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8086 Address Modes

The way in which an operand is specified is called the Address Mode.

Addressing Modes on the 8086

The x86 instructions use five different operand types: registers, constants, and three memory addressing schemes. Each form is called an addressing mode. The x86 processors support

 the register addressing mode ,

 the immediate addressing mode,

 the direct addressing mode,

 the indirect addressing mode, 

the base plus index addressing mode,

the register relative addressing mode,

and the base relative plus index addressing mode.

Register operands are the easiest to understand. Consider the following forms of the mov instruction:

mov ax, ax

mov ax, bx

mov ax, cx

mov ax, dx

The first instruction accomplishes absolutely nothing. It copies the value from the ax register back into the ax register. The remaining three instructions copy the value of bx, cx and dx into ax. Note that the original values of bx, cx, and dx remain the same. The first operand (the destination) is not limited to ax; you can move values to any of these registers.

 

Constants are also pretty easy to deal with. Consider the following instructions:

mov ax, 25

mov bx, 195

mov cx, 2056

mov dx, 1000

 

These instructions are all pretty straightforward; they load their respective registers with the specified hexadecimal constant.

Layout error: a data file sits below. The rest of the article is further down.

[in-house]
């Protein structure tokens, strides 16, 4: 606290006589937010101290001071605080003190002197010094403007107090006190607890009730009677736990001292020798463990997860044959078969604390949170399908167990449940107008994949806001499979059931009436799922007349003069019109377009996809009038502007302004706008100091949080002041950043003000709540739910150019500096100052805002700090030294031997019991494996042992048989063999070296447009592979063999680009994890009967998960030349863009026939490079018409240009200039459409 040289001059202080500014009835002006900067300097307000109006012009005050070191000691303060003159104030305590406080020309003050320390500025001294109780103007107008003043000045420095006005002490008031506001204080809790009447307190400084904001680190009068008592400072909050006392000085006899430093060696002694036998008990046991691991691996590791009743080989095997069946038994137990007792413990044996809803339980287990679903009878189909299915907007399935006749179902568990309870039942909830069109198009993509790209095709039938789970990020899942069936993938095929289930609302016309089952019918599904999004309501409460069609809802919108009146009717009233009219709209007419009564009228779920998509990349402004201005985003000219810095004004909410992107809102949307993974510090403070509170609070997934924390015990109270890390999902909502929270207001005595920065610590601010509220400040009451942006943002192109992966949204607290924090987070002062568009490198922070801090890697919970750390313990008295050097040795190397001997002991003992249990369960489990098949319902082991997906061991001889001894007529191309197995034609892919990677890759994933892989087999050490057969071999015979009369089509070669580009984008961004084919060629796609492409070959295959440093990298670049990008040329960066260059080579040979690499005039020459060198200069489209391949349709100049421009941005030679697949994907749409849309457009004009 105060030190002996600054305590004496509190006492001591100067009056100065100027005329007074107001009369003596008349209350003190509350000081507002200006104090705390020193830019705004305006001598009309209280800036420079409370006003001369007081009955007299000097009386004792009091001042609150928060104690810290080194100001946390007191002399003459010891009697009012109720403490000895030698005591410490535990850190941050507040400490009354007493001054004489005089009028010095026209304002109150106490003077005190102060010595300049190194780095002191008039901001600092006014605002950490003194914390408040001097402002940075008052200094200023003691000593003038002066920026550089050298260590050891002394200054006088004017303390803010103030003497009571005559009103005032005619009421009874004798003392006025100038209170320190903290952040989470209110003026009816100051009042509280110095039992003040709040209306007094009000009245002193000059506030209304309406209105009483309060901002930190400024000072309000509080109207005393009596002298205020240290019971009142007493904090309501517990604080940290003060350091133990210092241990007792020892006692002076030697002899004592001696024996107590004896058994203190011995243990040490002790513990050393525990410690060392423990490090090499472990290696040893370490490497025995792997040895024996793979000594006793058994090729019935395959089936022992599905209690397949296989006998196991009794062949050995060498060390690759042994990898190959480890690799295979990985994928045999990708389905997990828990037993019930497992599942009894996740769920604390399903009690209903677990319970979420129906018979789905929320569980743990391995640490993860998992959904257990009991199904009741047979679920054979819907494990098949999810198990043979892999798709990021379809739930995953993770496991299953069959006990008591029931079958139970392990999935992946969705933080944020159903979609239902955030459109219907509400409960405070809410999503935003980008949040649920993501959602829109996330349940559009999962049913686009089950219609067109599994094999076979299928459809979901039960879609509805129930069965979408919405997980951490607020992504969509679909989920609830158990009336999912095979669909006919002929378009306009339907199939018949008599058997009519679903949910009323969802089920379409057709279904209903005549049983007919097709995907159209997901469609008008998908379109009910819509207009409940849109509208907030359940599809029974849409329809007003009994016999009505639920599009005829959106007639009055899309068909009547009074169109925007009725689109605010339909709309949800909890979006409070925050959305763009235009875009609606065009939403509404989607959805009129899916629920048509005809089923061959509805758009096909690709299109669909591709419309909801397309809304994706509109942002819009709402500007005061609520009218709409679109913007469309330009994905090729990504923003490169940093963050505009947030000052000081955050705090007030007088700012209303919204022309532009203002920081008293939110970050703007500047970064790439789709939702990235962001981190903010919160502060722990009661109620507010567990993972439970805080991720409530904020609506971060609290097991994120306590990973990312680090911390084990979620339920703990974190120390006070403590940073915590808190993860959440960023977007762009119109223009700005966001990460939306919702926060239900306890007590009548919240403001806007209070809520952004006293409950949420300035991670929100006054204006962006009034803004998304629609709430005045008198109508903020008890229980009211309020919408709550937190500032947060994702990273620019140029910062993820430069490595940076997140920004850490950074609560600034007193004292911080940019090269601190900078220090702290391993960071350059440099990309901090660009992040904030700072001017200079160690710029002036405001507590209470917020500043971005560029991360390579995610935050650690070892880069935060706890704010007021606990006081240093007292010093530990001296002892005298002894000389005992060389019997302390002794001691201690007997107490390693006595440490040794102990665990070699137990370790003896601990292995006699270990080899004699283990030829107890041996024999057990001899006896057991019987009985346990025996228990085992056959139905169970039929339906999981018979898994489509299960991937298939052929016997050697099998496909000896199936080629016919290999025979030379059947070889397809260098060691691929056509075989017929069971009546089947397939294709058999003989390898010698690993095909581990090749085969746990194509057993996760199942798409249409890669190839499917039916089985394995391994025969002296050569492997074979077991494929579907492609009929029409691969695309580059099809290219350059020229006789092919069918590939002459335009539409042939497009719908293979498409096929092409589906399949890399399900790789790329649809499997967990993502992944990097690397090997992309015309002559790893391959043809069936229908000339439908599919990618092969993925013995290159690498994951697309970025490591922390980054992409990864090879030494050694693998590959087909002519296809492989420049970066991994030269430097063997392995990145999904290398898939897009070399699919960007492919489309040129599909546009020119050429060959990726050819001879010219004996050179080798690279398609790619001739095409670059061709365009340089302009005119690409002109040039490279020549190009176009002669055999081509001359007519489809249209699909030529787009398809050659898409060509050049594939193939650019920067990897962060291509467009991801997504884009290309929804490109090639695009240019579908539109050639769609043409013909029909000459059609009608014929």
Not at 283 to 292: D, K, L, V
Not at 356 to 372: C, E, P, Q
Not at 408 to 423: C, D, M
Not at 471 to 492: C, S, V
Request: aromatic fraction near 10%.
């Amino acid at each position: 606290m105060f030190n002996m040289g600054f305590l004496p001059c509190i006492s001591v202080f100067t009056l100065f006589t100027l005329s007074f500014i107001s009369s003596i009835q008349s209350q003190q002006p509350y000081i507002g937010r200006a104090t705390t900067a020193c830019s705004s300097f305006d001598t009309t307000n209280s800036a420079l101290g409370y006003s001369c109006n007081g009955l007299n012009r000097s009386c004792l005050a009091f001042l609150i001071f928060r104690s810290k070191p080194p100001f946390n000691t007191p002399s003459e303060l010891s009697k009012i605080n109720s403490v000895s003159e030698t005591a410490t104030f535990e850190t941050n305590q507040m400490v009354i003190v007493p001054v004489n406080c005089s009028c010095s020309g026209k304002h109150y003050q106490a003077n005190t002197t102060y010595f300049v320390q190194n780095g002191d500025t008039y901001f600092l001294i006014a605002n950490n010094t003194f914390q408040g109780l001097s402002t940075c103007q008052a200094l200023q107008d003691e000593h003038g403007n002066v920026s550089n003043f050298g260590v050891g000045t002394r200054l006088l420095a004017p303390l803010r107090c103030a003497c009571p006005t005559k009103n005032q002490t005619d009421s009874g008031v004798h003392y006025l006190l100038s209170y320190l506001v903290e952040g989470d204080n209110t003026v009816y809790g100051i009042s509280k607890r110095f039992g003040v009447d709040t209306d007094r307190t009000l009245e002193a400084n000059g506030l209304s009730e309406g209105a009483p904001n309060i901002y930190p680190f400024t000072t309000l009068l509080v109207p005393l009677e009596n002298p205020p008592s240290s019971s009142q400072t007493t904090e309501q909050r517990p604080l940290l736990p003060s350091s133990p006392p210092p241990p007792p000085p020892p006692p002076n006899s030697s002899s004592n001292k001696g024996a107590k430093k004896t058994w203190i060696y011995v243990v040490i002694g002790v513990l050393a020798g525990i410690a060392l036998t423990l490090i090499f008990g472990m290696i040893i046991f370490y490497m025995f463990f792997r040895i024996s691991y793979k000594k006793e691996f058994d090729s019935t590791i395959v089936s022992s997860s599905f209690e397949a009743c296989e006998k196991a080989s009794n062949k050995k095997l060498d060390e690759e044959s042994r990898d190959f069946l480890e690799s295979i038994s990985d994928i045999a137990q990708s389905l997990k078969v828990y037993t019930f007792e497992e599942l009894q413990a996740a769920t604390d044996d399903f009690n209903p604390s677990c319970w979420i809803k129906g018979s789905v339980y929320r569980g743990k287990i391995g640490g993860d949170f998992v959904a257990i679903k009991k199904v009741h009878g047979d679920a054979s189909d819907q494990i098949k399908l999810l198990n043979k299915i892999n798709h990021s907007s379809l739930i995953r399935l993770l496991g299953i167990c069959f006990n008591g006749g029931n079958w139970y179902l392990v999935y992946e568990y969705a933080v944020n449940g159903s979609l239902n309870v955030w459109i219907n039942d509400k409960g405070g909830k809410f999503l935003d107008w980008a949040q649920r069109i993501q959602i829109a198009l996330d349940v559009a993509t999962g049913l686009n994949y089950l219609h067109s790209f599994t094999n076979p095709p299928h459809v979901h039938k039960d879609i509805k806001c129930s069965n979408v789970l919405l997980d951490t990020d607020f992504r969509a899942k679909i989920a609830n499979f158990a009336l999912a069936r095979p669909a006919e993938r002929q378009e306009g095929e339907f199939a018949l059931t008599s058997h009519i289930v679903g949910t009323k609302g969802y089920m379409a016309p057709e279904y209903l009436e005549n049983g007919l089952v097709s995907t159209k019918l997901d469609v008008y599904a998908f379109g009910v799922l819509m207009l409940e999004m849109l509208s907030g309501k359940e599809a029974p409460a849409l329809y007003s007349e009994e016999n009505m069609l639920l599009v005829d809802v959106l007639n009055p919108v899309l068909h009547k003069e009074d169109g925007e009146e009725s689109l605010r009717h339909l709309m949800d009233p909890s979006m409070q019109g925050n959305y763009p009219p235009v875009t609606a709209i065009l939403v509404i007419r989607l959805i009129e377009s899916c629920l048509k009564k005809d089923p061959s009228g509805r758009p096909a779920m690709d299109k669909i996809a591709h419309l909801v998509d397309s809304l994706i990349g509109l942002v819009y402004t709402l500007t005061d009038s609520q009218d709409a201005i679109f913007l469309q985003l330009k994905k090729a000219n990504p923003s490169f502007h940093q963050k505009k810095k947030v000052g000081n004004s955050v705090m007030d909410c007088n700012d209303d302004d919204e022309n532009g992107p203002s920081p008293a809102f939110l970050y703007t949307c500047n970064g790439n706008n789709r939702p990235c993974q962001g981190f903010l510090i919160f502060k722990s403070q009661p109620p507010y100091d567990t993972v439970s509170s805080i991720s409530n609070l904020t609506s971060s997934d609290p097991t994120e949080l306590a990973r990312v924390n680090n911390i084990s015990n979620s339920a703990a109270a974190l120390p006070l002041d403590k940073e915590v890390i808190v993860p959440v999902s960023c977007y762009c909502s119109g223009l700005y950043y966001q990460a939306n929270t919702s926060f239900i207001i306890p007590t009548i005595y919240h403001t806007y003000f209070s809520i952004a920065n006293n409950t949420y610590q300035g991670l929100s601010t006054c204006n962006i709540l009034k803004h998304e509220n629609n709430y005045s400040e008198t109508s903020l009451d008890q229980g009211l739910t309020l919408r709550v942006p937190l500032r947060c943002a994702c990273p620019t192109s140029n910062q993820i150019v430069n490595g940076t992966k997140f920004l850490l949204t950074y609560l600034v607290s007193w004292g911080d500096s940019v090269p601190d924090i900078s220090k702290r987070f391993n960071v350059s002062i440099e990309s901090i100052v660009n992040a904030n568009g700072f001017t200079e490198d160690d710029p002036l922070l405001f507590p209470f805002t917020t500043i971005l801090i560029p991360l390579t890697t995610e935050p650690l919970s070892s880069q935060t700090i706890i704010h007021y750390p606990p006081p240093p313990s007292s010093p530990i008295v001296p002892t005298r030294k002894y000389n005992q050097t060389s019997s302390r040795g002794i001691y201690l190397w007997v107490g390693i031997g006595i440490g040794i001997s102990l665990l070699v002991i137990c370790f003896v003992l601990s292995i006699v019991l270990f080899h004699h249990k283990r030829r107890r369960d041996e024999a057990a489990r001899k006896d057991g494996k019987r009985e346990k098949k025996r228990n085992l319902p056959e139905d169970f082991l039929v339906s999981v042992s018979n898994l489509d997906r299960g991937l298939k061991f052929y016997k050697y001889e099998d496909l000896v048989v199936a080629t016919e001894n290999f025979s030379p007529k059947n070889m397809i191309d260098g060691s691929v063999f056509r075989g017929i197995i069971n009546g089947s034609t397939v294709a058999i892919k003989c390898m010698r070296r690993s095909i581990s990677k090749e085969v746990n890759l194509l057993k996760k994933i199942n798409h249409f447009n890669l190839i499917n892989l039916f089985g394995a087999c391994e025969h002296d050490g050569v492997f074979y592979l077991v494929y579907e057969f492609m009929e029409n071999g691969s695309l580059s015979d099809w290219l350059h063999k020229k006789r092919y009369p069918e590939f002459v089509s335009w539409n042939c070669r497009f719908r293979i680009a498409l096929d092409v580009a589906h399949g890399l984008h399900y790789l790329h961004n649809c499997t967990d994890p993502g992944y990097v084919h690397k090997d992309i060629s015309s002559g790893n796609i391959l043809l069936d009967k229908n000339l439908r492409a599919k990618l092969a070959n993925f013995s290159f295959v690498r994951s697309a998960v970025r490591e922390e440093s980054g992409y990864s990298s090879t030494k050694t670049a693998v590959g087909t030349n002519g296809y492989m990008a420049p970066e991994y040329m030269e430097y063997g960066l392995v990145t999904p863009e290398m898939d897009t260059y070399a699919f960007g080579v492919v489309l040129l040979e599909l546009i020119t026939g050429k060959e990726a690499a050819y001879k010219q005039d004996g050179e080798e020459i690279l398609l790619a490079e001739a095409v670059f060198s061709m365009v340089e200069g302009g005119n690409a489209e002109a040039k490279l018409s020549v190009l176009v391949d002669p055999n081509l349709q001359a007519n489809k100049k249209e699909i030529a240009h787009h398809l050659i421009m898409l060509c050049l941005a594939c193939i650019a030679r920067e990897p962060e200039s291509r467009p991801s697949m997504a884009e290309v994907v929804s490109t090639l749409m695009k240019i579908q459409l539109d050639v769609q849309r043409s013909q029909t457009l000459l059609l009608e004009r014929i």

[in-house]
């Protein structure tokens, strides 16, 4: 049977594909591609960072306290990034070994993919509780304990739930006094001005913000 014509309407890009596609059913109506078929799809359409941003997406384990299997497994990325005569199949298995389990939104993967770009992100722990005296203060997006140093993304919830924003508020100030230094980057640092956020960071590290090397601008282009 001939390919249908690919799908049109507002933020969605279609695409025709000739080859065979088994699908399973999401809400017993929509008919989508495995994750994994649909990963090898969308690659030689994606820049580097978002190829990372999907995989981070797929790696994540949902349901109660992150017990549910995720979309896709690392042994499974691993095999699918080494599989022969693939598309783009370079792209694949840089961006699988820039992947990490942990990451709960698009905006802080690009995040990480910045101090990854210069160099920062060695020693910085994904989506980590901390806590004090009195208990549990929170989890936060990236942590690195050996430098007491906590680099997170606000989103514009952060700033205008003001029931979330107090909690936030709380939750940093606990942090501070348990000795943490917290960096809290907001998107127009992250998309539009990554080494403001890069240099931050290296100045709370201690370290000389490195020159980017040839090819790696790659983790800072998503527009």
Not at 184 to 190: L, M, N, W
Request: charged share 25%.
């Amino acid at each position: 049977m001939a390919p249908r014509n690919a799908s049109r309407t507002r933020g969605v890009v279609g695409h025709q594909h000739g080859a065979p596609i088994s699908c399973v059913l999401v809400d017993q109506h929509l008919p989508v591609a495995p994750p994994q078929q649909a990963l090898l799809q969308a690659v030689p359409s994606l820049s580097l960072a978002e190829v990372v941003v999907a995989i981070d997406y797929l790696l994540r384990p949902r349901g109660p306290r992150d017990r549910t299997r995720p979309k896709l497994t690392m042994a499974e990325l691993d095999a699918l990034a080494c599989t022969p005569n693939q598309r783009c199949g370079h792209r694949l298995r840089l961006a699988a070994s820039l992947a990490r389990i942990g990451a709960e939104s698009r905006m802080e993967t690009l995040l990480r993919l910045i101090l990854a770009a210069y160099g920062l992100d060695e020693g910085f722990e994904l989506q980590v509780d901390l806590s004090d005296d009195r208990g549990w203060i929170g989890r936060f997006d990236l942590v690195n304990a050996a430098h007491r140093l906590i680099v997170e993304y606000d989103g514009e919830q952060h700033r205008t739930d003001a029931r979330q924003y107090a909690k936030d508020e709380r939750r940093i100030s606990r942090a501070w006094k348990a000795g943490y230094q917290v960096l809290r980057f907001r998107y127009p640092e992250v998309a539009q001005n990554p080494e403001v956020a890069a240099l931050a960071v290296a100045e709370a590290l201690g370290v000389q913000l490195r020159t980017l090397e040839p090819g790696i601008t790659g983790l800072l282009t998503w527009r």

There are three addressing modes which deal with accessing data in memory. These addressing modes take the following forms:

mov ax, [1000]

mov ax, [bx]

mov ax, [1000+bx]

The first instruction above uses the direct addressing mode to load ax with the 16 bit value stored in memory starting at location 1000 hex.

The mov ax, [bx] instruction loads ax from the memory location specified by the contents of the bx register. This is an indirect addressing mode. Rather than using the value in bx, this instruction accesses to the memory location whose address appears in bx.

 

Note that the following two instructions:

mov bx, 1000

mov ax, [bx]

are equivalent to the single instruction:

mov ax, [1000]

Of course, the second sequence is preferable. However, there are many cases where the use of indirection is faster, shorter, and better.

 

Another addressing mode is the base plus index addressing mode. An example of this memory addressing mode is

mov ax, [1000+bx]

This instruction adds the contents of bx with 1000 to produce the address of the memory value to fetch. This instruction is useful for accessing elements of arrays, records, and other data structures.